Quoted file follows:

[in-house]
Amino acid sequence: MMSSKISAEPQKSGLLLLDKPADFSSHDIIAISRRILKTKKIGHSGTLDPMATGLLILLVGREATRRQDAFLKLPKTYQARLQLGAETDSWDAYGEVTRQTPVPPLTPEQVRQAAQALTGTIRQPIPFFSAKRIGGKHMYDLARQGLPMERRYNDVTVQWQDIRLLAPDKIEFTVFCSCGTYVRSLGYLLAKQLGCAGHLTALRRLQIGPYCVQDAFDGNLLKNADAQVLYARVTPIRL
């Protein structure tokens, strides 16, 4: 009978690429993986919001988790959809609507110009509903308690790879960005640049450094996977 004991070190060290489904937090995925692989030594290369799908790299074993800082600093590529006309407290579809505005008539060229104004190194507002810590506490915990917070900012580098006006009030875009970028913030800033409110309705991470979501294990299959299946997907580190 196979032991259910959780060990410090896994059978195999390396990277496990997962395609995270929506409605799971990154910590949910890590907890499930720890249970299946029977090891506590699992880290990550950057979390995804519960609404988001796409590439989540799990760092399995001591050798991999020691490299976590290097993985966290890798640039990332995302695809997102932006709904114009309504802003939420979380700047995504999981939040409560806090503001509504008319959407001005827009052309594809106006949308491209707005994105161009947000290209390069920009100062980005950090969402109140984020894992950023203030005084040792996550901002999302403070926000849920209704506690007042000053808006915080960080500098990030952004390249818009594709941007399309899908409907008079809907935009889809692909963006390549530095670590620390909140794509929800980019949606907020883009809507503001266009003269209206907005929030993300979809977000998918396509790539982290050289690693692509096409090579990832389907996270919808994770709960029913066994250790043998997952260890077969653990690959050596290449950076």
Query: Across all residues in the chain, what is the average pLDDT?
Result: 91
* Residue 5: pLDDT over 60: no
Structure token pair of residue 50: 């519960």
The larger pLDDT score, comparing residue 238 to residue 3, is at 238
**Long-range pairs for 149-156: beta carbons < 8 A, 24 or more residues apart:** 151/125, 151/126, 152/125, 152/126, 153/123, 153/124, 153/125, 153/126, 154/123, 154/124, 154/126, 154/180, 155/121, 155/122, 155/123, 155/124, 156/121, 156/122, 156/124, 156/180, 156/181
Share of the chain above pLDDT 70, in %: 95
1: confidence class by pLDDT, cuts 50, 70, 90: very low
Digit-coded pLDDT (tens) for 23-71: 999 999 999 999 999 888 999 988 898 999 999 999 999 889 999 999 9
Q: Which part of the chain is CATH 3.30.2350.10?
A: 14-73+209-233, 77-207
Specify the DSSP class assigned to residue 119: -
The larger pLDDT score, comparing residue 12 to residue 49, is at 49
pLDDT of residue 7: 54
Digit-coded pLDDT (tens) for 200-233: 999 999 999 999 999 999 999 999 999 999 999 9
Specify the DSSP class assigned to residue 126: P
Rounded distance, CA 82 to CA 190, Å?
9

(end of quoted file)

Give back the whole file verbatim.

[in-house]
Amino acid sequence: MMSSKISAEPQKSGLLLLDKPADFSSHDIIAISRRILKTKKIGHSGTLDPMATGLLILLVGREATRRQDAFLKLPKTYQARLQLGAETDSWDAYGEVTRQTPVPPLTPEQVRQAAQALTGTIRQPIPFFSAKRIGGKHMYDLARQGLPMERRYNDVTVQWQDIRLLAPDKIEFTVFCSCGTYVRSLGYLLAKQLGCAGHLTALRRLQIGPYCVQDAFDGNLLKNADAQVLYARVTPIRL
């Protein structure tokens, strides 16, 4: 009978690429993986919001988790959809609507110009509903308690790879960005640049450094996977 004991070190060290489904937090995925692989030594290369799908790299074993800082600093590529006309407290579809505005008539060229104004190194507002810590506490915990917070900012580098006006009030875009970028913030800033409110309705991470979501294990299959299946997907580190 196979032991259910959780060990410090896994059978195999390396990277496990997962395609995270929506409605799971990154910590949910890590907890499930720890249970299946029977090891506590699992880290990550950057979390995804519960609404988001796409590439989540799990760092399995001591050798991999020691490299976590290097993985966290890798640039990332995302695809997102932006709904114009309504802003939420979380700047995504999981939040409560806090503001509504008319959407001005827009052309594809106006949308491209707005994105161009947000290209390069920009100062980005950090969402109140984020894992950023203030005084040792996550901002999302403070926000849920209704506690007042000053808006915080960080500098990030952004390249818009594709941007399309899908409907008079809907935009889809692909963006390549530095670590620390909140794509929800980019949606907020883009809507503001266009003269209206907005929030993300979809977000998918396509790539982290050289690693692509096409090579990832389907996270919808994770709960029913066994250790043998997952260890077969653990690959050596290449950076």
Query: Across all residues in the chain, what is the average pLDDT?
Result: 91
* Residue 5: pLDDT over 60: no
Structure token pair of residue 50: 């519960």
The larger pLDDT score, comparing residue 238 to residue 3, is at 238
**Long-range pairs for 149-156: beta carbons < 8 A, 24 or more residues apart:** 151/125, 151/126, 152/125, 152/126, 153/123, 153/124, 153/125, 153/126, 154/123, 154/124, 154/126, 154/180, 155/121, 155/122, 155/123, 155/124, 156/121, 156/122, 156/124, 156/180, 156/181
Share of the chain above pLDDT 70, in %: 95
1: confidence class by pLDDT, cuts 50, 70, 90: very low
Digit-coded pLDDT (tens) for 23-71: 999 999 999 999 999 888 999 988 898 999 999 999 999 889 999 999 9
Q: Which part of the chain is CATH 3.30.2350.10?
A: 14-73+209-233, 77-207
Specify the DSSP class assigned to residue 119: -
The larger pLDDT score, comparing residue 12 to residue 49, is at 49
pLDDT of residue 7: 54
Digit-coded pLDDT (tens) for 200-233: 999 999 999 999 999 999 999 999 999 999 999 9
Specify the DSSP class assigned to residue 126: P
Rounded distance, CA 82 to CA 190, Å?
9